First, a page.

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Science to Live By: April March

This is the Inquisition gunning for Galileo.

– Denis Hayes, March for Science, Earth Day, 2017.

© J. Dirk Nies, Ph.D.

Selected by Time Magazine as one of its “Heroes of the Planet,” Denis Hayes gained national prominence when, at age 25, he served as the National Coordinator for the first Earth Day held April 22, 1970. Back then, 20 million Americans—about one out of every ten citizens—took part in the largest simultaneous demonstration in the nation’s history. Rallies and teach-ins were held in cities and towns across the United States, and at tens of thousands of primary and secondary schools, colleges and universities. A senior in high school at the time, I remember the excitement galvanized by this nationwide protest against flagrant pollution of the environment and unjust allocation of the Earth’s bounty. Eagles were dying, rivers were catching fire, smog was choking our lungs, people were starving. Responding to this broad-based, groundswell of public concern, President Richard Nixon and the U. S. Congress established the Environmental Protection Agency in December of that year.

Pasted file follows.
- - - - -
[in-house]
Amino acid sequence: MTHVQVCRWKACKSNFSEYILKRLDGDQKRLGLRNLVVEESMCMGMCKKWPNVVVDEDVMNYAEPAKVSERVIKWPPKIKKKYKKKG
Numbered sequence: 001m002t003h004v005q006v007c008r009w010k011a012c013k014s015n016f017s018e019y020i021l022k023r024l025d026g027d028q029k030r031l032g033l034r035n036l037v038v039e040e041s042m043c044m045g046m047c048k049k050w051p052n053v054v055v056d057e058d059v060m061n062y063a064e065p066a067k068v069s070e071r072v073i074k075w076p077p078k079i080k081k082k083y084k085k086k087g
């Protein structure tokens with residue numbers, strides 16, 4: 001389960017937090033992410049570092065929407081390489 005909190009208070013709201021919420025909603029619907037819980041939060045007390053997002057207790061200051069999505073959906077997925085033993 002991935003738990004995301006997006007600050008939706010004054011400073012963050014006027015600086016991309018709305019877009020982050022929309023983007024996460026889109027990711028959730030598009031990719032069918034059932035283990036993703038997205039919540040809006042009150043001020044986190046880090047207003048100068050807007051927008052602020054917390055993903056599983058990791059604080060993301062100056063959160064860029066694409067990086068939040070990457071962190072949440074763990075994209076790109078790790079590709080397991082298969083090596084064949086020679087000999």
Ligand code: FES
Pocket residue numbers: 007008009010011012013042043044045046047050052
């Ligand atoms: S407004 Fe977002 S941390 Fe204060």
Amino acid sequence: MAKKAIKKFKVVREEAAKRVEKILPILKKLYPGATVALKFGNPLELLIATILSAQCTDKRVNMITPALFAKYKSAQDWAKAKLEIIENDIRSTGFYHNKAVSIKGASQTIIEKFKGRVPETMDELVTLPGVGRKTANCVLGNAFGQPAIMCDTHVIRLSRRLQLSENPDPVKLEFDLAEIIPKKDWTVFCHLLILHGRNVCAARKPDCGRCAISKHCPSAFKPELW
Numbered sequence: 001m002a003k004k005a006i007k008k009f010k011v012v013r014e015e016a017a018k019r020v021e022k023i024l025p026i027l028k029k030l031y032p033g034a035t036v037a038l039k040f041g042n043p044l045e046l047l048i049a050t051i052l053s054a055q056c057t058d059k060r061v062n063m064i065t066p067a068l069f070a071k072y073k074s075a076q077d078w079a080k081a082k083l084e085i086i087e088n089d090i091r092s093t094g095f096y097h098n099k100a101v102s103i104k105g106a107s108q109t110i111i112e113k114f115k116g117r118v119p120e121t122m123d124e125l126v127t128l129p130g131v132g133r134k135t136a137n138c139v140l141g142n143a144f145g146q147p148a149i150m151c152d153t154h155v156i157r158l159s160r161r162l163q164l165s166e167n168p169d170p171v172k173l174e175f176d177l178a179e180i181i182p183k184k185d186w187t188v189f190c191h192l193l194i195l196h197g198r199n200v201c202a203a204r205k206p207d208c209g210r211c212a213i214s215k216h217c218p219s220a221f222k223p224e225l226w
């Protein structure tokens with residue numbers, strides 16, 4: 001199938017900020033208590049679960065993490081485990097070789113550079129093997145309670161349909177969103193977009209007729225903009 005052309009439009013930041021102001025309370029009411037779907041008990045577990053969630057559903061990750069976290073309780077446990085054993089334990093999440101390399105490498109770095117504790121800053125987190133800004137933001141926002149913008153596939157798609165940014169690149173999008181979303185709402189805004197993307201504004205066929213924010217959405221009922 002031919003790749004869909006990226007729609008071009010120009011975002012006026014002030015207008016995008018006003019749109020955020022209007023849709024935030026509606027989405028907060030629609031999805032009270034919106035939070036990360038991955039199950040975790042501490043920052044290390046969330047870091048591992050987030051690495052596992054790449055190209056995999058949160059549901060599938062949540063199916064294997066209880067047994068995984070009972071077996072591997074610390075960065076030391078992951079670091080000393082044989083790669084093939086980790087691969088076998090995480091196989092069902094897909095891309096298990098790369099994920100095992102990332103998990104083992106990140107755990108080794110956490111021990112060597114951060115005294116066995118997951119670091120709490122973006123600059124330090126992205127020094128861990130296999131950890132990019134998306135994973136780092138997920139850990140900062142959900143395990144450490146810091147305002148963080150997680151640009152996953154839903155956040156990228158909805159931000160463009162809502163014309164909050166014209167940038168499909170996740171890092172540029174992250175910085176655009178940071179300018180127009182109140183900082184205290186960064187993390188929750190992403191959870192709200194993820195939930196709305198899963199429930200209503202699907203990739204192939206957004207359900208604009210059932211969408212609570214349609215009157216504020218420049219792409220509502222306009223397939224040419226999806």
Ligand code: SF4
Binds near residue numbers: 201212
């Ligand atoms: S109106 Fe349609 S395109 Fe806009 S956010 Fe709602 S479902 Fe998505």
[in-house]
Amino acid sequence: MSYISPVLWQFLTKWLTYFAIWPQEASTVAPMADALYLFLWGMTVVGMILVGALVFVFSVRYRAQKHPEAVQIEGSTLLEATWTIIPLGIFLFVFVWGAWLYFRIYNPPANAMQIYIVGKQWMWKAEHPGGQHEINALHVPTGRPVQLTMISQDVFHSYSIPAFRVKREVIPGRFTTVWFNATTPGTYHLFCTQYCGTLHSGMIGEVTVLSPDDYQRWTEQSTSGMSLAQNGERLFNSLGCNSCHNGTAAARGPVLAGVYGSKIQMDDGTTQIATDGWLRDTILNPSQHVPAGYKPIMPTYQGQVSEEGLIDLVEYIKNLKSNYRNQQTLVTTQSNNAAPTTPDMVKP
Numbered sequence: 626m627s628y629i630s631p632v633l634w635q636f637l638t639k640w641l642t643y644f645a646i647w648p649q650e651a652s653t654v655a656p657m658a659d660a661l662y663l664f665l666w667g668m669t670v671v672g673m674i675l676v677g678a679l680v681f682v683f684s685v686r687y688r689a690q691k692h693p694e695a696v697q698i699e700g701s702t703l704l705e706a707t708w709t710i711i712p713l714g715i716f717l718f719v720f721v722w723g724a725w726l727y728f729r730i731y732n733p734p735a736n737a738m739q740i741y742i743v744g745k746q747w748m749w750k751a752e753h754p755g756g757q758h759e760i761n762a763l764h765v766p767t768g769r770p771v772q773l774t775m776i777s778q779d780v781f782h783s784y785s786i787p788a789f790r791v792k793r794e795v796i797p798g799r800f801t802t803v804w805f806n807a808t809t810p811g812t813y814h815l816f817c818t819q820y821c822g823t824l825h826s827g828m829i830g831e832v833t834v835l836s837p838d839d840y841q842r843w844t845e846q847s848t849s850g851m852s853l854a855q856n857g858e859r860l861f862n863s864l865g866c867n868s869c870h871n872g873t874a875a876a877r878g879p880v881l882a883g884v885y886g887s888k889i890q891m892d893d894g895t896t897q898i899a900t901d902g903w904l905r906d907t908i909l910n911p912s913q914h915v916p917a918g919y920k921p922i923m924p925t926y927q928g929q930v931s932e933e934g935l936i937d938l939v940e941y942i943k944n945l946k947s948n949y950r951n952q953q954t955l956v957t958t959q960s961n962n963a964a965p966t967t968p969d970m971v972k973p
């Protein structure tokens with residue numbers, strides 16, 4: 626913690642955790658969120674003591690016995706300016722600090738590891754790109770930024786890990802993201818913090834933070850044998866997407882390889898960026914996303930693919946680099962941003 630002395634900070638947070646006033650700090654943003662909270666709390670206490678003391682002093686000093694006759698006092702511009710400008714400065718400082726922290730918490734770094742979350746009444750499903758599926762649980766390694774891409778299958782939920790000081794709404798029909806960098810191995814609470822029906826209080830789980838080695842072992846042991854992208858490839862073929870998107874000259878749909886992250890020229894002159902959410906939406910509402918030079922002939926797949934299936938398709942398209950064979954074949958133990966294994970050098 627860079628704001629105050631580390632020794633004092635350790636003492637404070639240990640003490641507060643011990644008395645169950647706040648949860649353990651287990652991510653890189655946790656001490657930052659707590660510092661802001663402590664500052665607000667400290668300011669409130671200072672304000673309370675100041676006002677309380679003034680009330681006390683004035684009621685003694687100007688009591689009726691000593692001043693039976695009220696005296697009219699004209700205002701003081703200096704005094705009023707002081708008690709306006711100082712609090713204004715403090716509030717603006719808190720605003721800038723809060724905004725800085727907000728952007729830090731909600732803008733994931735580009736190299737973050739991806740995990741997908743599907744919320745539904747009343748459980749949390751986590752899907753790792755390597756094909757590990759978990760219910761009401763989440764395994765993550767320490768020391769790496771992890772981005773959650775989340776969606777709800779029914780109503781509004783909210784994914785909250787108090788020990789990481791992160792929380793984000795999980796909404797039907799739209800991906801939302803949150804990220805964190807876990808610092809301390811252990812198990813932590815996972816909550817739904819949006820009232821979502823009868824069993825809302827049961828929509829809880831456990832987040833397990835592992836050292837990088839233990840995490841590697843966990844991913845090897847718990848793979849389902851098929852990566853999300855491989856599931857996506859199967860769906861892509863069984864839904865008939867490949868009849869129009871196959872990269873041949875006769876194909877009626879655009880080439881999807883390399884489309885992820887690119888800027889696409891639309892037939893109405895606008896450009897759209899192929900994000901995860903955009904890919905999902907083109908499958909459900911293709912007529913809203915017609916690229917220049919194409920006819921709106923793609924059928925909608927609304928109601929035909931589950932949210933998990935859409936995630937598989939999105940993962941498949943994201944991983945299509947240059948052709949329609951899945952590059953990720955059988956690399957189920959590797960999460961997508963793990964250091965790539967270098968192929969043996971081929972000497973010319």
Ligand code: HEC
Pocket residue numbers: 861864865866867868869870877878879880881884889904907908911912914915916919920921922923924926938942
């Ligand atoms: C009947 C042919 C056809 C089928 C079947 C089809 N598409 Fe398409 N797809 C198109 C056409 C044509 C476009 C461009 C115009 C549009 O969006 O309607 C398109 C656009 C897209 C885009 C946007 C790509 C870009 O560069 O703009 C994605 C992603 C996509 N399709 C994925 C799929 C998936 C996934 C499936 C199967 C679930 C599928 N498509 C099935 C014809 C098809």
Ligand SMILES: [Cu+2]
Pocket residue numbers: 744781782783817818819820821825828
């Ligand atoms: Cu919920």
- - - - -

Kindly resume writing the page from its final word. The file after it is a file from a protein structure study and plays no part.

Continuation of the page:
Today, Earth Day is observed in 192 countries and is coordinated by the nonprofit Earth Day Network. Denis Hayes, Chair Emeritus of the EDN, describes Earth Day as “the largest secular holiday in the world, celebrated by more than a billion people every year.”

This April, the March for Science was held in conjunction with Earth Day at locations around the world. March for Science “champions robustly funded and publicly communicated science as a pillar of human freedom and prosperity. We unite as a diverse, nonpartisan group to call for science that upholds the common good and for political leaders and policy makers to enact evidence based policies in the public interest.”